How did Tolkien change the source material from Kalevala to make his own story?
He kept the framework—the killing of Kullervo’s father by his uncle Untamo and Kullervo’s captivity. But he tightened the story, giving Kullervo one family with two sets of siblings instead of Kalevala’s clumsy patchwork of two separate stories about two different families. This enabled him to have Kullervo meet an unrecognized twin sister rather than a completely unknown sibling for the crucial incest that drives the ending, thus deepening the tragedy, making it more personal. He turned what, in Kalevala, was a rape and a one-night stand into a rough wooing and a love idyll—again making the incest more poignant. He gave Kullervo one memento of his dead father, the knife Sikki, the destruction of which sends Kullervo on a rampage of revenge.
What is the relationship between The Story of Kullervo and the rest of the Tolkien canon?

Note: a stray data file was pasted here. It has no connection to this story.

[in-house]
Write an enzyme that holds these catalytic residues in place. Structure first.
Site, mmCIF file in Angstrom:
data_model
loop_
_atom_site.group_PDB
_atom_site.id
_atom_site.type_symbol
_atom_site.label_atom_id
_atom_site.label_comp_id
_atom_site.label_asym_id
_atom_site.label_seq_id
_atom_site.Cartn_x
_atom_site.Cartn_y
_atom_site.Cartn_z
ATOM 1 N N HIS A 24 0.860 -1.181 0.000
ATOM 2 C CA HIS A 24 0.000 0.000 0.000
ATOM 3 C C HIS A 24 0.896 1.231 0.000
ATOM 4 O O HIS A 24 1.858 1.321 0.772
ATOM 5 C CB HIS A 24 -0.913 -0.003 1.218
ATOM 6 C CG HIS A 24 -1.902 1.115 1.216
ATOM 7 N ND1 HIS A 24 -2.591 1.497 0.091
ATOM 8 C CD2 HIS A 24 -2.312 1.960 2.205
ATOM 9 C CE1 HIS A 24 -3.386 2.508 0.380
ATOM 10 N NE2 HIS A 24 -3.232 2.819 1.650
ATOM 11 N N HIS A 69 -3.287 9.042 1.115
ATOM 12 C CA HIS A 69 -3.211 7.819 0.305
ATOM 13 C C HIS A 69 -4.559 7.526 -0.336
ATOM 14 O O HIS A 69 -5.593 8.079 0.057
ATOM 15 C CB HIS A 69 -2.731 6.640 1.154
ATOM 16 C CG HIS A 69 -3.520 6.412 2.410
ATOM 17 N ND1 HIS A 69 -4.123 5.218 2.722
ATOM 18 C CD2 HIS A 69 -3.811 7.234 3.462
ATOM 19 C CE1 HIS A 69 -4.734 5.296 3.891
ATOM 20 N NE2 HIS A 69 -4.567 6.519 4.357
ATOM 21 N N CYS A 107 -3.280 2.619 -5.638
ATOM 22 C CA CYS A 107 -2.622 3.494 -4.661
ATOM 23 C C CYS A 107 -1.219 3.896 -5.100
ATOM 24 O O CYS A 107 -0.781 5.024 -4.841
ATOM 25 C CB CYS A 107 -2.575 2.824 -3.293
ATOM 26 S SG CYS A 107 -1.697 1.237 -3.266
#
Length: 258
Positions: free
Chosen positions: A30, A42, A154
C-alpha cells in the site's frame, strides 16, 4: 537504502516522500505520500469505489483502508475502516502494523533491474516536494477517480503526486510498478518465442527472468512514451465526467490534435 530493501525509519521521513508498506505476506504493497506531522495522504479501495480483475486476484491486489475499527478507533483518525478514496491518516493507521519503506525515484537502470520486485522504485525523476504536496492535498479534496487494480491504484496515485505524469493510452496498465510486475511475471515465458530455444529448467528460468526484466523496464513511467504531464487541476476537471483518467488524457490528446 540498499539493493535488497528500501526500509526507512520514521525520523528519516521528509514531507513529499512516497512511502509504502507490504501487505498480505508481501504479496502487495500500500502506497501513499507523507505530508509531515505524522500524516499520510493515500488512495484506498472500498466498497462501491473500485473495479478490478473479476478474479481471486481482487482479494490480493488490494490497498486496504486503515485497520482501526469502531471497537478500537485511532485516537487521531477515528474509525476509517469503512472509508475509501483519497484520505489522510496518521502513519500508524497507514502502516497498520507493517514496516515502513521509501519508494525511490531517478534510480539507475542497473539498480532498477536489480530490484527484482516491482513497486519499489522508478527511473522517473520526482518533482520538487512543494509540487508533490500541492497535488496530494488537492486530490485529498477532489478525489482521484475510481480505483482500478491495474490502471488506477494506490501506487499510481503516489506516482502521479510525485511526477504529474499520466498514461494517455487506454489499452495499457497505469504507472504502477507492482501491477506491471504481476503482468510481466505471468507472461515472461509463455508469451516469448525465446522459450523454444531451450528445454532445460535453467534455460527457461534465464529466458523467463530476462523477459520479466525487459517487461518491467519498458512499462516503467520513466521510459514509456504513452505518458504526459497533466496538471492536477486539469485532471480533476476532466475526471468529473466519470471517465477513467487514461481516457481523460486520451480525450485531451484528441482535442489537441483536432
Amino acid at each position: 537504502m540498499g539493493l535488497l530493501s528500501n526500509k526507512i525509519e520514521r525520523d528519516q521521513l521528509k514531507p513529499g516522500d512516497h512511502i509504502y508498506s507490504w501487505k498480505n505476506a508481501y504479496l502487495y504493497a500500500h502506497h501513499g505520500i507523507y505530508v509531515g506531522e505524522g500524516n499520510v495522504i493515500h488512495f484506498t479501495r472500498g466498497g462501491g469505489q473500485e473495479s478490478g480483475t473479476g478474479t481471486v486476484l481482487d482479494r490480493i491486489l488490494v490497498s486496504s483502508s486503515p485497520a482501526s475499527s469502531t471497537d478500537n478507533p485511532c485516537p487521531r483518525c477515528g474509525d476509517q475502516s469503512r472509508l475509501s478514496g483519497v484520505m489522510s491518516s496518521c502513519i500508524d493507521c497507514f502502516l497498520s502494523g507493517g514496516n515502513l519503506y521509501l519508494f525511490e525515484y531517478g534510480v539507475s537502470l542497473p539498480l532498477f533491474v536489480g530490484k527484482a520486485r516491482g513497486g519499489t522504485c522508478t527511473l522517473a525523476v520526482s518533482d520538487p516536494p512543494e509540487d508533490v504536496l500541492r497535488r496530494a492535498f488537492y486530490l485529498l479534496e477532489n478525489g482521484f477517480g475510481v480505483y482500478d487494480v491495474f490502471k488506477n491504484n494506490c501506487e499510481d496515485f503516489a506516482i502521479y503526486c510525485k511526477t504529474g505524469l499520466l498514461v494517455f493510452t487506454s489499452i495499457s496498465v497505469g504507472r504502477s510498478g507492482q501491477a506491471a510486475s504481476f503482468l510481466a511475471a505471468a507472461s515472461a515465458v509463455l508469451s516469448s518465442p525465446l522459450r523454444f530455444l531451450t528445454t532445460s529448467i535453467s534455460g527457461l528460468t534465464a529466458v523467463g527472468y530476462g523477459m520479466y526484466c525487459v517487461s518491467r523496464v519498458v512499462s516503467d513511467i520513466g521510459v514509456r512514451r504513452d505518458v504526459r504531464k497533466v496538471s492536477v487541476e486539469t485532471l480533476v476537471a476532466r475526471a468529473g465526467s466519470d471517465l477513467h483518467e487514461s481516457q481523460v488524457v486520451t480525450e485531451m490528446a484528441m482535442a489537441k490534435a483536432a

It’s clearly one of the foundation stones of Tolkien’s Silmarillion mythology. It is his earliest attempt at mythmaking, his earliest effort to create what he called a Secondary World, and his first serious try at integrating a world and its language. Kullervo is the prototype for Túrin Turambar, Tolkien’s epic, tragic hero.
“The Story of Kullervo” is unfinished. How much of it do we have? And why did Tolkien abandon it?
It’s difficult to estimate, but I’d say we have about two-thirds to three-quarters. We have all of Kullervo’s early life, his slavery and escape, his fateful meeting with an unrecognized sister and their consequent incest and her suicide. The narrative breaks off at the point where Kullervo, seeing her suicide, begins to suspect who she is. Tolkien’s outline notes fill in the subsequent events, Kullervo’s return to kill his uncle, Untamo, his subsequent dream visit to the land of the dead, where his mother reveals the girl he raped to be his sister, and his final act of suicide by his own sword. But these are in synopsis only and lack the poetic drive of the full narration. We cannot say that Tolkien “abandoned” the story; we know that he stopped writing, but not why he did so. It’s quite possible that he meant to get back to it, but simply got too busy with his own Silmarillion mythology.